We’ve been waiting to see the release version of the ThinkPad X1 Fold, Lenovo’s folding-screen Windows tablet-laptop-thingy, ever since CES at the start of this year. It’s still a small ways off, but Lenovo has been hammering out the final design details, and they’re ready to take pre-orders for the world’s first folding screen laptop. The price: $2500. To start.
ThinkPad X1 Fold
Considering the amount of engineering, and of course the novelty factor, that actually seems like a decent deal—at least compared with devices like the Galaxy Fold or Microsoft Surface Duo. The ThinkPad X1 Fold is a full Windows 10-powered machine (not Windows 10X, as was previously indicated) with an undisclosed Intel Core processor, 8GB of memory, and up to a terabyte of SSD storage. Included around the folding screen are two USB-C ports, and it supports an expansion dock, an included stylus, and a Dolby speaker system.
But who cares about the nuts and bolts? It’s all about that folding screen, and the interesting functionality it adds. The panel is 13 inches with a 4:3 aspect ratio and a resolution of 2048×1536. When fully open you get a standard Windows desktop experience, but folded up “laptop style” the lower half of the screen can be used for a separate window or touch keyboard. Of course, since it’s a ThinkPad, you also get a Bluetooth keyboard that can either rest on the screen itself or float around while you use the X1 Fold’s kickstand-case. The keyboard charges wirelessly from the tablet itself.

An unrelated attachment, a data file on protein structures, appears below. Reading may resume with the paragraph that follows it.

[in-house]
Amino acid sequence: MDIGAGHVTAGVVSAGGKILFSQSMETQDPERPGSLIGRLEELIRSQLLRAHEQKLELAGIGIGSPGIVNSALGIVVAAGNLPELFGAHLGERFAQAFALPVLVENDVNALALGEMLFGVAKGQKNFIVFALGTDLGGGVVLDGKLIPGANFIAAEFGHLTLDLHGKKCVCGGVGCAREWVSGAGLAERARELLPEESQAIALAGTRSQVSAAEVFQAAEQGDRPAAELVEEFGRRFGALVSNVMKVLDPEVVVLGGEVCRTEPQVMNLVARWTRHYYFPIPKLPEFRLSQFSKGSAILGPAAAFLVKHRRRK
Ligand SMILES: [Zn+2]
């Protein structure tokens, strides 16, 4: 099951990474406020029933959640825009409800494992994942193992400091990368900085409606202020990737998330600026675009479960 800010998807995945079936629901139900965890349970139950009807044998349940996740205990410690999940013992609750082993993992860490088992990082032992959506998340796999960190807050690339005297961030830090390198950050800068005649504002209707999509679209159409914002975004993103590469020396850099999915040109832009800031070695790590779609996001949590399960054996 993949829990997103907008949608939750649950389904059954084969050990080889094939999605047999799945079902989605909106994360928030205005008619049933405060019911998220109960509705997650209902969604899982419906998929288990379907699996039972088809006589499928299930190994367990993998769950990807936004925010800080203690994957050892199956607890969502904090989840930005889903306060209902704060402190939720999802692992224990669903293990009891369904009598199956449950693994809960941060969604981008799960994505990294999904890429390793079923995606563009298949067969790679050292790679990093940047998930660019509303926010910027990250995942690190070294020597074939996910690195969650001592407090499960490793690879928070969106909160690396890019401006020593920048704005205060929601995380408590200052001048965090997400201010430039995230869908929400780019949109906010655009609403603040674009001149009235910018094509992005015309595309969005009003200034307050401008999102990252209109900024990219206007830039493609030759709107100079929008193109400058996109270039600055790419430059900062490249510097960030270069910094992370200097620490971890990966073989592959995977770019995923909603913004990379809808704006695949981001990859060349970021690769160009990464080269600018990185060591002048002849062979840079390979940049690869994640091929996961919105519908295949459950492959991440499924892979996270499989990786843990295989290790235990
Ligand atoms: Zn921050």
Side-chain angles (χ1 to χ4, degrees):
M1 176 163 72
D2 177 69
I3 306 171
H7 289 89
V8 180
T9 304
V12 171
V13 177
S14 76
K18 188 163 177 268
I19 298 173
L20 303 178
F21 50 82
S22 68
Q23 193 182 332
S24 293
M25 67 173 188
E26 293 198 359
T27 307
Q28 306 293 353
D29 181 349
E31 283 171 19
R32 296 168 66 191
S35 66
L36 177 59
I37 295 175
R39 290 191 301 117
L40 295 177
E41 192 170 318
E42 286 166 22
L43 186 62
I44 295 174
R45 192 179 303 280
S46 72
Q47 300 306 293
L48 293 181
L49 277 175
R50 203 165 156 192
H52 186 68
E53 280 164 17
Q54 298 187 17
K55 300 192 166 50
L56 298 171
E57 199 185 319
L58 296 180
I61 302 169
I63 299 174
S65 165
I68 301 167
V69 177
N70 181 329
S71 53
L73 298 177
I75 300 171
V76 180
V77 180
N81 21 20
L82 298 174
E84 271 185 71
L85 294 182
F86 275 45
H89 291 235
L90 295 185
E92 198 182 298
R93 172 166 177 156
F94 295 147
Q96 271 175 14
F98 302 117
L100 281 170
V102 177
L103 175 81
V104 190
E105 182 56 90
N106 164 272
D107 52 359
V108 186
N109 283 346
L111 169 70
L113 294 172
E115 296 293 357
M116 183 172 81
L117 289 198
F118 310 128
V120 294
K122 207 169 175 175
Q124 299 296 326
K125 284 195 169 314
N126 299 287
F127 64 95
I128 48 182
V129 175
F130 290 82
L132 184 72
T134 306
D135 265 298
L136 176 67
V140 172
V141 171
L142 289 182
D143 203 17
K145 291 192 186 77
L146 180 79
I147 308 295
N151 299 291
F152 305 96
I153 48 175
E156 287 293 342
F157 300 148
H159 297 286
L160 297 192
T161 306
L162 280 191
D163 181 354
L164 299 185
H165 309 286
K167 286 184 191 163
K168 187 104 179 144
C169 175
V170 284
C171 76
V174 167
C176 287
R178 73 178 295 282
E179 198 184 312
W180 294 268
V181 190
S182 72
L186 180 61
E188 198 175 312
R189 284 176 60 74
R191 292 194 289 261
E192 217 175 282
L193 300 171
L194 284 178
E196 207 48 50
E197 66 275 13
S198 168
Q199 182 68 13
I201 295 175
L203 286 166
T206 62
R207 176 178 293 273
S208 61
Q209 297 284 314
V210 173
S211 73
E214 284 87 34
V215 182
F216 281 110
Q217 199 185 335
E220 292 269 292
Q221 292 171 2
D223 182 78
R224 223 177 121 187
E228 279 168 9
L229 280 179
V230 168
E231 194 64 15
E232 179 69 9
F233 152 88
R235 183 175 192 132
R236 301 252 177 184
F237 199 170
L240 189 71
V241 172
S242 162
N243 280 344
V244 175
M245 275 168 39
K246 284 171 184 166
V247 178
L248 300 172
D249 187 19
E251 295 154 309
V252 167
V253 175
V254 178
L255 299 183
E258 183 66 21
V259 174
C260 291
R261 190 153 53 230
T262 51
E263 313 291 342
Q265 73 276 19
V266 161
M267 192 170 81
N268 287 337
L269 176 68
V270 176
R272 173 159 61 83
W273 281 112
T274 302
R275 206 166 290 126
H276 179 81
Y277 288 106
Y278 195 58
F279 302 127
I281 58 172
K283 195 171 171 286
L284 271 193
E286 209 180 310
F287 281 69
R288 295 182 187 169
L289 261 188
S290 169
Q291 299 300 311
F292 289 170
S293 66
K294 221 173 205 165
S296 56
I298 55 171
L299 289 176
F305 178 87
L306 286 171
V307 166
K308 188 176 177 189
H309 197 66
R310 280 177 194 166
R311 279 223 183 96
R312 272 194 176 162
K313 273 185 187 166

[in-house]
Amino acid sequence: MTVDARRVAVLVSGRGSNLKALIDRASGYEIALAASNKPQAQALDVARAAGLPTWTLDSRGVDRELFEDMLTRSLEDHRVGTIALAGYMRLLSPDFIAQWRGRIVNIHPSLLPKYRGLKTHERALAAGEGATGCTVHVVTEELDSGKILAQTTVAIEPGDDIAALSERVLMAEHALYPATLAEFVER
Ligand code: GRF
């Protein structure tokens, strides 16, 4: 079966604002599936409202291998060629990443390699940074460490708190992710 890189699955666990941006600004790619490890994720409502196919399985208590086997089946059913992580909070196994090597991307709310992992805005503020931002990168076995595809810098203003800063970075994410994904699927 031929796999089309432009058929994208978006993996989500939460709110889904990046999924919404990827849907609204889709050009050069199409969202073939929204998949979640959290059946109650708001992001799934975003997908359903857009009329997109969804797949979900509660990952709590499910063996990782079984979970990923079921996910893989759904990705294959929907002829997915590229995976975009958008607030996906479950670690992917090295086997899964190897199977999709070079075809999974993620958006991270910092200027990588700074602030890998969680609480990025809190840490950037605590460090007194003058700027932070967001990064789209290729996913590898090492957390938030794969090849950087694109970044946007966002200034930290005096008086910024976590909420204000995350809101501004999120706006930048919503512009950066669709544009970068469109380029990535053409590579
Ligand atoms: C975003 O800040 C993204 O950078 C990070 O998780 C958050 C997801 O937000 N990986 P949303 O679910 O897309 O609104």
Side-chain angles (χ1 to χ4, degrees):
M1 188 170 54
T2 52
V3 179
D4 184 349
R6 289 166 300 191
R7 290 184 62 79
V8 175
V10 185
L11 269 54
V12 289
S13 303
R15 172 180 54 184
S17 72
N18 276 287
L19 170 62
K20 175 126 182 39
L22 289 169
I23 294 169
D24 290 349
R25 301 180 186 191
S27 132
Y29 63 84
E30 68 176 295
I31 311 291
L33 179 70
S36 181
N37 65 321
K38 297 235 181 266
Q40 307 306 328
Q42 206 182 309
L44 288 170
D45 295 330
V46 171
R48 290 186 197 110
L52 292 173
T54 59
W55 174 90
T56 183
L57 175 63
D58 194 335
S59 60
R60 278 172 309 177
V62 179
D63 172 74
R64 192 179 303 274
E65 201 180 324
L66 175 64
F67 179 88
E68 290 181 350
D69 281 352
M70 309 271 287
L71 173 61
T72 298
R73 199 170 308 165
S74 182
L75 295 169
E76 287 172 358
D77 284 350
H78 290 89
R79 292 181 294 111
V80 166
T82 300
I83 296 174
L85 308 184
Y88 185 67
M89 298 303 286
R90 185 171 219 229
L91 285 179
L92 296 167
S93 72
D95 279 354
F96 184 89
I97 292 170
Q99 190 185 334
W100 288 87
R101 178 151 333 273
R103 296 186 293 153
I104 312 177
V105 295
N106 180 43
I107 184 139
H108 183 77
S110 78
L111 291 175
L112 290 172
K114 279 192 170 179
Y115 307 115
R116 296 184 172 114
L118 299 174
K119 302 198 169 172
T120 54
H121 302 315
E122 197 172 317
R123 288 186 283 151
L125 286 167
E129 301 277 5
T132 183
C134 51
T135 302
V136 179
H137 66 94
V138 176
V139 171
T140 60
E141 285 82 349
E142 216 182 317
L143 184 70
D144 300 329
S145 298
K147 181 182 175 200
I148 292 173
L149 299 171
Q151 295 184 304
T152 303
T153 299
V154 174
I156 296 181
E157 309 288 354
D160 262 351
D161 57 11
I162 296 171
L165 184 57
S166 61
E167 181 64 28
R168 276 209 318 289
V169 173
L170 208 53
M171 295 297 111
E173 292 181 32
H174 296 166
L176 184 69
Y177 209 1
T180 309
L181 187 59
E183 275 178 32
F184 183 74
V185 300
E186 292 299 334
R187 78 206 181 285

The X1 Fold has a 5MP front-facing camera for conferencing, which includes an IR sensor for Windows Hello, but it appears to lack a Surface-style rear camera. At 2.2 pounds (minus the keyboard) and just 6.3 x 9.3 inches when folded, it should be an amazing travelling companion, even if you don’t opt for the 5G radio. Lenovo says it’ll last for 11 hours on a charge…but they don’t say exactly when it’ll start shipping.
ThinkPad X1 Nano
If you’re looking for a more conventional laptop, there’s a new ThinkPad X1 you might consider instead. The X1 Nano is even thinner and lighter than the previous flagship, the X1 Carbon, at just .55 inches and 2.12 pounds, respectively. It’s using the same 13-inch screen with a 2K 16:10 panel, in either touch or non-touch flavors.
Despite the feather weight, you get the latest 11th-gen Core processors with Xe graphics, up to 16GB of RAM, and a maximum of 1TB of storage. The laptop has a full ThinkPad keyboard with fingerprint reader, with an infrared webcam for Windows Hello and optional LTE connection.
In order to make the laptop so small, Lenovo had to trim the ports off of the standard design: this one comes with just two USB-C ports (Thunderbolt 4) and a headphone jack. Those who need more flexible connections without a dock might be better-served by the standard ThinkPad X1 Carbon. But if you like the look of the Nano, it’ll go on sale starting in October, with a base price of $1400.
New ThinkBook V2 Series
Lenovo also announced its second generation of ThinkBook designs, its mid-range family between the IdeaPad and ThinkPad laptop series. Several different models are going on sale in October and November, in 13-, 14-, and 15-inch designs packing either Intel or AMD processors.
Prices for the base models range from $549 for the AMD-powered ThinkBook 14 to $979 for the Intel-powered ThinkBook 15p, which features a discrete GTX 1650ti graphics card. The ThinkBook 15 models include a unique feature: a pop-out tray (where you used to find a CD drive) that houses built-in true wireless Bluetooth earbuds, which recharge when not in use. There’s also a convertible option, the ThinkBook 14s Yoga, the first ThinkBook offered with this form factor.
All of the generation 2 ThinkBook models benefit from either 11th-gen Intel Core processors or AMD Ryzen 4000 processors, depending on your configuration, and their styling has been updated with some slick new two-tone and navy blue options. At prices that low, these machines will start with rather pedestrian specs, but can be configured with top-of-the-line options for processor, RAM, and storage.